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Genome Biol Evol. 2010 Jul 12;2:225-39. doi: 10.1093/gbe/evq012.

Using phylogenomic patterns and gene ontology to identify proteins of importance in plant evolution.

Author information

1
Sackler Institute for Comparative Genomics, American Museum of Natural History, New York, New York, USA. acibrian@amnh.org

Abstract

We use measures of congruence on a combined expressed sequenced tag genome phylogeny to identify proteins that have potential significance in the evolution of seed plants. Relevant proteins are identified based on the direction of partitioned branch and hidden support on the hypothesis obtained on a 16-species tree, constructed from 2,557 concatenated orthologous genes. We provide a general method for detecting genes or groups of genes that may be under selection in directions that are in agreement with the phylogenetic pattern. Gene partitioning methods and estimates of the degree and direction of support of individual gene partitions to the overall data set are used. Using this approach, we correlate positive branch support of specific genes for key branches in the seed plant phylogeny. In addition to basic metabolic functions, such as photosynthesis or hormones, genes involved in posttranscriptional regulation by small RNAs were significantly overrepresented in key nodes of the phylogeny of seed plants. Two genes in our matrix are of critical importance as they are involved in RNA-dependent regulation, essential during embryo and leaf development. These are Argonaute and the RNA-dependent RNA polymerase 6 found to be overrepresented in the angiosperm clade. We use these genes as examples of our phylogenomics approach and show that identifying partitions or genes in this way provides a platform to explain some of the more interesting organismal differences among species, and in particular, in the evolution of plants.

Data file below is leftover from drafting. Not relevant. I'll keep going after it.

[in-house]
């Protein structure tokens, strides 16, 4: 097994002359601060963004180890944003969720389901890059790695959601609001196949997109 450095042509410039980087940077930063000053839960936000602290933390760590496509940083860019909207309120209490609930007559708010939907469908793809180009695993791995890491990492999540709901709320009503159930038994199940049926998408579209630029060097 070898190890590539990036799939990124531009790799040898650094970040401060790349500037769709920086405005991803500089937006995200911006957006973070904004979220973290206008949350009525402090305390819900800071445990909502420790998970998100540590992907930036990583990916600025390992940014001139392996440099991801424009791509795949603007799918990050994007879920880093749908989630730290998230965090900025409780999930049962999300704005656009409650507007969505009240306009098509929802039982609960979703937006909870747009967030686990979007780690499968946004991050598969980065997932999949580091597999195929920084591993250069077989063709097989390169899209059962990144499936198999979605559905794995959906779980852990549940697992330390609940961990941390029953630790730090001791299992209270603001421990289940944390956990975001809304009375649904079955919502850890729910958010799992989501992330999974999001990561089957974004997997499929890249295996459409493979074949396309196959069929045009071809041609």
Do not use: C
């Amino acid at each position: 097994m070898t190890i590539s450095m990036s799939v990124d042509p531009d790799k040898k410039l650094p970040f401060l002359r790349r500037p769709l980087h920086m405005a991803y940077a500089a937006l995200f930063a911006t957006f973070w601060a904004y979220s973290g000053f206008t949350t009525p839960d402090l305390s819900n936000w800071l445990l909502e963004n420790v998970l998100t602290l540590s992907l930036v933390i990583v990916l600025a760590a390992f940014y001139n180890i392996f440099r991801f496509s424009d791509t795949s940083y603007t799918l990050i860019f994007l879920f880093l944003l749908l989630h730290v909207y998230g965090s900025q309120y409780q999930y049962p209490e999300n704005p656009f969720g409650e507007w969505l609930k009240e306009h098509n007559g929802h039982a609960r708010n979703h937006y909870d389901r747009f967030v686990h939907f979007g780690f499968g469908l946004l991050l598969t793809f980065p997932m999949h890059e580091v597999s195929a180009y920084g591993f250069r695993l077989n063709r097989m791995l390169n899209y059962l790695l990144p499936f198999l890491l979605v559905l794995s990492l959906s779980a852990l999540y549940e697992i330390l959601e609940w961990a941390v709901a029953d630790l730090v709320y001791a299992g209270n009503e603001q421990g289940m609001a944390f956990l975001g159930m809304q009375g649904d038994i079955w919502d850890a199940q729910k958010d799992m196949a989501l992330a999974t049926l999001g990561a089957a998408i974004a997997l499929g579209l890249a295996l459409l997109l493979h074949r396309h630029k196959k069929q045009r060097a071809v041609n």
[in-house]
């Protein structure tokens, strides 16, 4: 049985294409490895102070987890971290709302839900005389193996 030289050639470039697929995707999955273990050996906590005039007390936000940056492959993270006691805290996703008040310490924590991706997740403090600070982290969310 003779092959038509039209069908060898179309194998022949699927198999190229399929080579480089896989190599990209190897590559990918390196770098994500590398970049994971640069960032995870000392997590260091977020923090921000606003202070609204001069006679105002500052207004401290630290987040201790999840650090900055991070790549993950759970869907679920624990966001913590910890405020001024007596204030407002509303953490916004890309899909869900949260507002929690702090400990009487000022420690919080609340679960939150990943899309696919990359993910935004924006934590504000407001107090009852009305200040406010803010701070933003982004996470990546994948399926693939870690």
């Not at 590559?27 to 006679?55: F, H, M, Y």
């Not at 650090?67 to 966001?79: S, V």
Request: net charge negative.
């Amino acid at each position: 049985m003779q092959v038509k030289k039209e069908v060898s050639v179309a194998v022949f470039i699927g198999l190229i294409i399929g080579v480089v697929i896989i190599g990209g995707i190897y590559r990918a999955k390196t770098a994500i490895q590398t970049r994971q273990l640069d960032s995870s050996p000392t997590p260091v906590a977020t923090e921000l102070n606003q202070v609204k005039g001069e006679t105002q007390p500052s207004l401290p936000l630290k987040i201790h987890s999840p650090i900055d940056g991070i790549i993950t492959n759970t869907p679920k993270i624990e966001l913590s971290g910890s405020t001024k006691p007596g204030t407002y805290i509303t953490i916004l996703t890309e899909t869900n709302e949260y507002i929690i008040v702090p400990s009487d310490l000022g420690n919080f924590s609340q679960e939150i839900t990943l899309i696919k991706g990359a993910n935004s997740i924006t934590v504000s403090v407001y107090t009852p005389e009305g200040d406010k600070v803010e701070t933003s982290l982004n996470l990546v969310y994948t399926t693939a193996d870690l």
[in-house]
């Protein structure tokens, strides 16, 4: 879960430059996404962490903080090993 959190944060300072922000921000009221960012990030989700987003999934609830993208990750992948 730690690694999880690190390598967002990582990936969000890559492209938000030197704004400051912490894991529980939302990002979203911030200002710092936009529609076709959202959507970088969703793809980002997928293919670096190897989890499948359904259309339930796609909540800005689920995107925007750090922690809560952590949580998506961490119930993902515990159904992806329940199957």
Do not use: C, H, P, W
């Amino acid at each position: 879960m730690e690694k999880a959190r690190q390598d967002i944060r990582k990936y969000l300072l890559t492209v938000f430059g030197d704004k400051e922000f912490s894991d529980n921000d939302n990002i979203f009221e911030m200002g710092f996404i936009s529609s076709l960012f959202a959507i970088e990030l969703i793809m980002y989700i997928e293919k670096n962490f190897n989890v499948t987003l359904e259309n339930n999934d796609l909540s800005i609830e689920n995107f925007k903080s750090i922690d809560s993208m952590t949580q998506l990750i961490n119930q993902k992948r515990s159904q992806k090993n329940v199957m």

PMID:
20624728
PMCID:
PMC2997538
DOI:
10.1093/gbe/evq012
[Indexed for MEDLINE]
Free PMC Article

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